Only a tiny fraction of adults in the U.S. are using prescription weight loss drugs, while many more are looking forward to taking them if the meds are proven to be safe and effective, a new survey by the healthcare policy organization Kaiser Family Foundation shows.
The results demonstrate the current public awareness regarding this new class of weight loss drugs that are rapidly gaining popularity and show the market opportunity that drugmakers led by Novo Nordisk (NVO) and Eli Lilly (NYSE:LLY) have yet to address.
Novo’s (OTCPK:NONOF) diabetes therapy Ozempic (semaglutide) is already approved as Wegovy for chronic weight management in adults, and Lilly (LLY) is advancing its diabetes therapy Mounjaro (tirzepatide) towards a weight loss indication potentially later this year.
Both drugmakers are grappling with supply issues for semaglutide and tirzepatide amid soaring demand, partly driven by celebrities and other influencers who popularize these costly treatments in mainstream publications and social media.
Amgen (AMGN), Pfizer (PFE), Altimmune (ALT), vTv Therapeutics (VTVT), Rhythm Pharmaceuticals (RYTM), and Viking Therapeutics (VKTX) are some of the other drugmakers with weight loss candidates in their pipelines.
The KFF poll based on more than 1,300 adults shows that only 4% of adults in the U.S. currently use prescription weight loss medications, and 45% are willing to do so if they hear that these treatments are safe and effective.
Despite being more effective than older drugs, the new weight loss drugs available as once-weekly injections can put a strain on your budget. A person on weight-loss medications can end up paying $900–$1,300 for a monthly supply of these drugs repurposed from diabetes medications.
According to the KFF poll, despite the overwhelming public interest, about nine in ten (87%) adults have never taken prescription weight loss drugs, even though about 70% have at least some idea about these drugs.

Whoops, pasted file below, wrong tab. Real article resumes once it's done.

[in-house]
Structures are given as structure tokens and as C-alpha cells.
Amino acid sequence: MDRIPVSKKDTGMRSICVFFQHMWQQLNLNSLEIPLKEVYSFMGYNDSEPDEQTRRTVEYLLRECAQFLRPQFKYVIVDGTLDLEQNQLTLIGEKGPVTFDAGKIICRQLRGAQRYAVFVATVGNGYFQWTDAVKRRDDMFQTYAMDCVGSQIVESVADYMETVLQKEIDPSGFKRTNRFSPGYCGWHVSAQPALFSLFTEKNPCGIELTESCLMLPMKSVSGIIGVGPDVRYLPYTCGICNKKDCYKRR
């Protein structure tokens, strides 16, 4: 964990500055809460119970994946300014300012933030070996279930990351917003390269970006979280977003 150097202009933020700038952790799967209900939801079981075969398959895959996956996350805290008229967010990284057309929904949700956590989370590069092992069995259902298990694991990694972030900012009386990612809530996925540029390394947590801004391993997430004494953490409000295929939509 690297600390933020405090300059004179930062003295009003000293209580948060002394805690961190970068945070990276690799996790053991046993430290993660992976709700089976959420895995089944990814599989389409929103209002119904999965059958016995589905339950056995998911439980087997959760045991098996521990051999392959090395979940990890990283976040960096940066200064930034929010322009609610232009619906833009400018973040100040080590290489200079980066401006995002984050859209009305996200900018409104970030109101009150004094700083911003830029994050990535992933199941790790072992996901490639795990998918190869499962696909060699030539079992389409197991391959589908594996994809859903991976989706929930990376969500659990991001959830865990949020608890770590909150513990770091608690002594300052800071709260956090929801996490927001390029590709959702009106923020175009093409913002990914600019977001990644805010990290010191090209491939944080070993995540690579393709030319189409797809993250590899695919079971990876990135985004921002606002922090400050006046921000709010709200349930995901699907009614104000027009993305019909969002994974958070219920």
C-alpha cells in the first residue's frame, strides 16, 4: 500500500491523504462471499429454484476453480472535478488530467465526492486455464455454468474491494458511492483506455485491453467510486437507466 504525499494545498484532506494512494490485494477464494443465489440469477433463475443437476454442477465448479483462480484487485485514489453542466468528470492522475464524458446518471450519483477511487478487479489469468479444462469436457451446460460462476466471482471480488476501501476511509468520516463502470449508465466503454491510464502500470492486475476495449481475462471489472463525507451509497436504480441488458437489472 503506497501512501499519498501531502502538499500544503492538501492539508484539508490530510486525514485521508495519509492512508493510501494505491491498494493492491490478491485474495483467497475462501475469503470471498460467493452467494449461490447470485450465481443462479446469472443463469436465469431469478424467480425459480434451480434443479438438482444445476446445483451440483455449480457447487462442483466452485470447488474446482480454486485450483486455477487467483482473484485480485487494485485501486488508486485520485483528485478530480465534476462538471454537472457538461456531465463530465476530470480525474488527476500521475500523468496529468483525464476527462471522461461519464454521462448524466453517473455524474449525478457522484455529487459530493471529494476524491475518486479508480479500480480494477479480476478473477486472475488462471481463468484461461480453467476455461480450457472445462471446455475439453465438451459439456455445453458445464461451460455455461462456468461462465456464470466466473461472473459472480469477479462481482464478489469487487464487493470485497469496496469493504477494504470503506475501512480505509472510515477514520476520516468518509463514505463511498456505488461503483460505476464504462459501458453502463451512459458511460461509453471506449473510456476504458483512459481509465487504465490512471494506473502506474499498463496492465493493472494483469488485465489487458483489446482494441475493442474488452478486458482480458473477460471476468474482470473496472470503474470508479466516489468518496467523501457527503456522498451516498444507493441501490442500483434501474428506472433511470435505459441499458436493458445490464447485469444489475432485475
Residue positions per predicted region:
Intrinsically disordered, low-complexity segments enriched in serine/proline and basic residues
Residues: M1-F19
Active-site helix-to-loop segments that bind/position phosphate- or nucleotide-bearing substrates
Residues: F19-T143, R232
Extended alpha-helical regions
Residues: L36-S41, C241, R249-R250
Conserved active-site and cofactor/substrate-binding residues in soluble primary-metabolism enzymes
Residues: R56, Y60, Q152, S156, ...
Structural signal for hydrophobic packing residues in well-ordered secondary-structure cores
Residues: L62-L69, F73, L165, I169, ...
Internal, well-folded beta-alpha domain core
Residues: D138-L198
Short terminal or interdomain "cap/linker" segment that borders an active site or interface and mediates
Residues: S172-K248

Concerns over payer coverage and the mode of administration seem to be at play. While 44% have indicated they will continue to be either “very” or “somewhat” interested in taking weight loss drugs if they are available as pills, the portion with interest drops to 23% if the drugs are indicated for self-administration as a weekly injection.
Those who are interested further decrease to 16% if there is no payer coverage and to 14% if patients find out about the potential to regain weight once the drugs are discontinued.
While Medicare specifically excludes reimbursement for weight loss drugs, commercial payers tie the coverage to patients’ body mass index (BMI), a healthcare metric that puts obesity prevalence among American adults at 42%.
However, the competition to develop oral weight-loss drugs is gaining momentum. In June, Novo (NVO) and Lilly (LLY) announced data from two separate trials indicating that their oral GLP-1 (glucagon-like peptide-1) receptor agonists caused up to 15% of weight loss.
Meanwhile, in a Phase 2 trial for patients with Type 2 diabetes, those on Pfizer’s (PFE) oral weight loss candidate danuglipron achieved 4.17 kg and 2.04 kg of weight loss compared to those on placebo after 120 mg and 80 mg twice daily dosing, respectively.
Even insurers will come under pressure to soften their stance on weight-loss drugs if drugmakers can prove their other health benefits. This summer, a large late-stage trial called SELECT, run by Novo (NVO), is expected to indicate Wegovy’s effect on cardiovascular outcomes in patients with obesity.